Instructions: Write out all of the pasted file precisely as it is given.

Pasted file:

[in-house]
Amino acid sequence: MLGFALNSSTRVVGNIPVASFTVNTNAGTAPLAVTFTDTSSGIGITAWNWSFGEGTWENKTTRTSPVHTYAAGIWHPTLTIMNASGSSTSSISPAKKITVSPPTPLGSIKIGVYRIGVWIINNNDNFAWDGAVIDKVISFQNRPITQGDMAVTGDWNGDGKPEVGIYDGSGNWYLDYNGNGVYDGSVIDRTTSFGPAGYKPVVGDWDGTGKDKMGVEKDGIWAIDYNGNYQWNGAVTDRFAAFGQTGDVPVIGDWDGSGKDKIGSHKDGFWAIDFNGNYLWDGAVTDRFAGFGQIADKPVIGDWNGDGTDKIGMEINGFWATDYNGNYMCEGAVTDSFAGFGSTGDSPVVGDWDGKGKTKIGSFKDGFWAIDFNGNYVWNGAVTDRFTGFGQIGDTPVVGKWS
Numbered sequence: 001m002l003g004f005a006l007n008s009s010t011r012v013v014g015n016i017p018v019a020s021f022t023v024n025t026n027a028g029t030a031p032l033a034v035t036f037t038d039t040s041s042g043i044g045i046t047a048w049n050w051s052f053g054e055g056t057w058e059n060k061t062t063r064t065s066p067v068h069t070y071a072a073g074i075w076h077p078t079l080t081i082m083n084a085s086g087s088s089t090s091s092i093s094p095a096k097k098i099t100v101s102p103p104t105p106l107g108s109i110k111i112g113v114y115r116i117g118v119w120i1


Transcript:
[in-house]
Amino acid sequence: MLGFALNSSTRVVGNIPVASFTVNTNAGTAPLAVTFTDTSSGIGITAWNWSFGEGTWENKTTRTSPVHTYAAGIWHPTLTIMNASGSSTSSISPAKKITVSPPTPLGSIKIGVYRIGVWIINNNDNFAWDGAVIDKVISFQNRPITQGDMAVTGDWNGDGKPEVGIYDGSGNWYLDYNGNGVYDGSVIDRTTSFGPAGYKPVVGDWDGTGKDKMGVEKDGIWAIDYNGNYQWNGAVTDRFAAFGQTGDVPVIGDWDGSGKDKIGSHKDGFWAIDFNGNYLWDGAVTDRFAGFGQIADKPVIGDWNGDGTDKIGMEINGFWATDYNGNYMCEGAVTDSFAGFGSTGDSPVVGDWDGKGKTKIGSFKDGFWAIDFNGNYVWNGAVTDRFTGFGQIGDTPVVGKWS
Numbered sequence: 001m002l003g004f005a006l007n008s009s010t011r012v013v014g015n016i017p018v019a020s021f022t023v024n025t026n027a028g029t030a031p032l033a034v035t036f037t038d039t040s041s042g043i044g045i046t047a048w049n050w051s052f053g054e055g056t057w058e059n060k061t062t063r064t065s066p067v068h069t070y071a072a073g074i075w076h077p078t079l080t081i082m083n084a085s086g087s088s089t090s091s092i093s094p095a096k097k098i099t100v101s102p103p104t105p106l107g108s109i110k111i112g113v114y115r116i117g118v119w120i1